Posts Tagged ‘sensemaking’

Over here Al Selvin links to several related blog posts which I find particularly interesting. Read them all (they’re short). In this post I address just one part.

In It’s about the experience, Al says,

Ultimately what matters for approaches like Compendium is not the notation, the software, or the theory; it’s the experience they make possible for people participating in them. The technical or procedural components are enablers but not determiners. It’s what can (but doesn’t always) happen in actual practice, in real sessions, between the people that is the real essence.


Practitioner skill, in one form or another, is often what makes the difference.

When it comes to face-to-face sessions I couldn’t agree more. A skilled facilitator can be effective with no technology at all, especially so if a few participants are themselves skilled in group interaction. And some technology has the opposite of the desired effect. Put a screen at the front of the room and arrange everyone in standard theater-style seating (rows of chairs) and you risk turning a room full of people who might have been interested in engaging with each other into an audience engaged with the screen.


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Here’s a beautiful description of global sensemaking in one (long) sentence:

I’m thinking of means to learn about the existence of relevant new work (alert systems), find the texts and the passages we need (search engines), find work already found by colleagues (tagging and social networking systems), find articles similar to ones we know to be relevant (recommendation systems), find articles in our own language (machine translation), navigate to cited sources (reference linking), navigate to different versions of cited sources or other relevant destinations (multiple-resolution hyperlinks), convert a text to speech when we can’t read the screen (voice readers), paraphrase articles we don’t have time to read (text summarizers), digest larger volumes of literature than we could ever read (text mining), combine independent resources to create new synergies and utility (mash-ups), find information relevant to our questions even when we don’t know the relevant keywords (semantic web), distill uncopyrightable facts from natural-language texts and enter them into queryable OA databases (knowledge extraction), pose our search queries in our own words and sometimes even get back direct answers rather than mere pointers to literature that may contain answers (natural language search engines).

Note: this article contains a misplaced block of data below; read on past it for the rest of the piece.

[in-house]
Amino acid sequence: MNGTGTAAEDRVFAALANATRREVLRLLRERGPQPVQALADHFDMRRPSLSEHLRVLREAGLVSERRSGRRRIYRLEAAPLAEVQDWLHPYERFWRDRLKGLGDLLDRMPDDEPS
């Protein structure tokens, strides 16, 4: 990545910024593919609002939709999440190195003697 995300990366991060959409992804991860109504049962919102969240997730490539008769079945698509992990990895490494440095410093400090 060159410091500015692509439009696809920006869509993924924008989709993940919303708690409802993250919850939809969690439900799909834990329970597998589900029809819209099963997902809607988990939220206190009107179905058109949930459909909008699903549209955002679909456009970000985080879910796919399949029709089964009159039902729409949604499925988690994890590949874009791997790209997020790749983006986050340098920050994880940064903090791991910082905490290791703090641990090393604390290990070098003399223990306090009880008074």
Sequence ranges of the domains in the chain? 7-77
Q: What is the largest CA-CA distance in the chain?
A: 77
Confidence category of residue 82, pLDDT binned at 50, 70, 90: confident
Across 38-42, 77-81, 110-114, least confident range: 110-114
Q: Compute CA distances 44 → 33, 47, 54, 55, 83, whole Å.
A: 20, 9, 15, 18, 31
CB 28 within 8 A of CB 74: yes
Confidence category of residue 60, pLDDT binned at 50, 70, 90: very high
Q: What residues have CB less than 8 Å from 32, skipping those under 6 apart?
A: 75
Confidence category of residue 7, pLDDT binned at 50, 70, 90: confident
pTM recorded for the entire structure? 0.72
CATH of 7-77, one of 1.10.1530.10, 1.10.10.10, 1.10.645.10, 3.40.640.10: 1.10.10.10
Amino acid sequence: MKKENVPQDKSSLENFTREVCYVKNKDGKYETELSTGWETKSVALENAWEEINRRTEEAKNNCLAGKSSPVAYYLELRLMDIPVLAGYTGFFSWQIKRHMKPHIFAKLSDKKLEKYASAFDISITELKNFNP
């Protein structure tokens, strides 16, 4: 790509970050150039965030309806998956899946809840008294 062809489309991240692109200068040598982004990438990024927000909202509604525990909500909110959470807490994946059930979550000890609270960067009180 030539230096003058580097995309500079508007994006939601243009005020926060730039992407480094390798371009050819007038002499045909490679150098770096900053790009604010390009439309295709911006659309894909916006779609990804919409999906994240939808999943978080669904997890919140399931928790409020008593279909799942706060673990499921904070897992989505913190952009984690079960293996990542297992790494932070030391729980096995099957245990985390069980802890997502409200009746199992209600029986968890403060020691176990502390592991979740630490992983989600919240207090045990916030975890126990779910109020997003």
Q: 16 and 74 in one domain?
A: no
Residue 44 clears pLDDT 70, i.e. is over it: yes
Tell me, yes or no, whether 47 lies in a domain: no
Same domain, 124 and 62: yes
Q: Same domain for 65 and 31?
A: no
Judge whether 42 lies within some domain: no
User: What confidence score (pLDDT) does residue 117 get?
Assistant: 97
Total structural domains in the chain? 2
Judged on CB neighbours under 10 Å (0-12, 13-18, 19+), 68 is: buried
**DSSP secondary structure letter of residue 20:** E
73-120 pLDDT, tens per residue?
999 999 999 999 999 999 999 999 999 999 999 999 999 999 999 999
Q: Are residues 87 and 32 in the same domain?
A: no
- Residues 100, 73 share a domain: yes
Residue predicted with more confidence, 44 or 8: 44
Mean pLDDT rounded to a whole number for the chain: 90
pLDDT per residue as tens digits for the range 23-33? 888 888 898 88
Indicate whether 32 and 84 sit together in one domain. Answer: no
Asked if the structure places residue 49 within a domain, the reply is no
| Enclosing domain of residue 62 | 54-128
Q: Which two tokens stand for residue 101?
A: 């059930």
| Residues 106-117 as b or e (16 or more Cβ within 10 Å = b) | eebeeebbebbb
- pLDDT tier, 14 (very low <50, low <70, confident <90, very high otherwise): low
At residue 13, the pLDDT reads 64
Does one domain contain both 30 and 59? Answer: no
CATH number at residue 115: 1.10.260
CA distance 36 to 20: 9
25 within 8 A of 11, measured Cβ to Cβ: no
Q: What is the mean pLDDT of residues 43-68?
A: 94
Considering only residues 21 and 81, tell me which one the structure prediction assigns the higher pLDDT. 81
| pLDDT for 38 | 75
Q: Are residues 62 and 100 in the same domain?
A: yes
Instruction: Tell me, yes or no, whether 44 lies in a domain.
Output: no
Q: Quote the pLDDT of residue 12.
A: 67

That’s from Peter Suber in the SPARC Open Access Newsletter, issue #123 of July 2, 2008. (SPARC is an acronym for Scholarly Publishing and Academic Resources Coalition.)

Suber talks about the “last-mile problem for knowledge” and its two stages:

  1. getting access to texts or data
  2. getting answers to questions

I think it’s a great essay with immediate relevance to what GSm is tackling.

Read the whole article.

[tip of the hat to Bora]

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Are there particular problems or issues that can be identified where the use of Sensemaking tools could make a decisive difference? I imagine this would involve a sequence of finding such a point, applying Sensemaking and related tools to surface and confirm the real nature and cause/effect sequences of what’s going on, and then visualizing/expressing the results so they can be comprehended by the public, relevant groups, and decision-makers. This is pretty much what Buckminster Fuller was suggesting through his notions of comprehensive anticipatory design science and World Game.

In my blog post Financial markets live on price-inflating bubbles? I suggest one candidate for such an acupuncture point. Hypothesis: financial markets are artificially inflating prices in bubble markets created by runaway velocity of money. If this is true the consequences are enormous. If not, let’s get this meme out of the way so we can concentrate on what’s really happening.

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[cross posted from Trinifar]

Over here, George Mobus poses an excellent question about the philosophical aspects of sensemaking and its operational definition. I think he provides an excellent informal definition with this:

Sensemaking … is about understanding reality sufficiently well that one feels comfortable making statements about the future. That is, not necessarily making predictions, but anticipating future possibilities based on understanding how the world works.

In that light consider this series of definitions:


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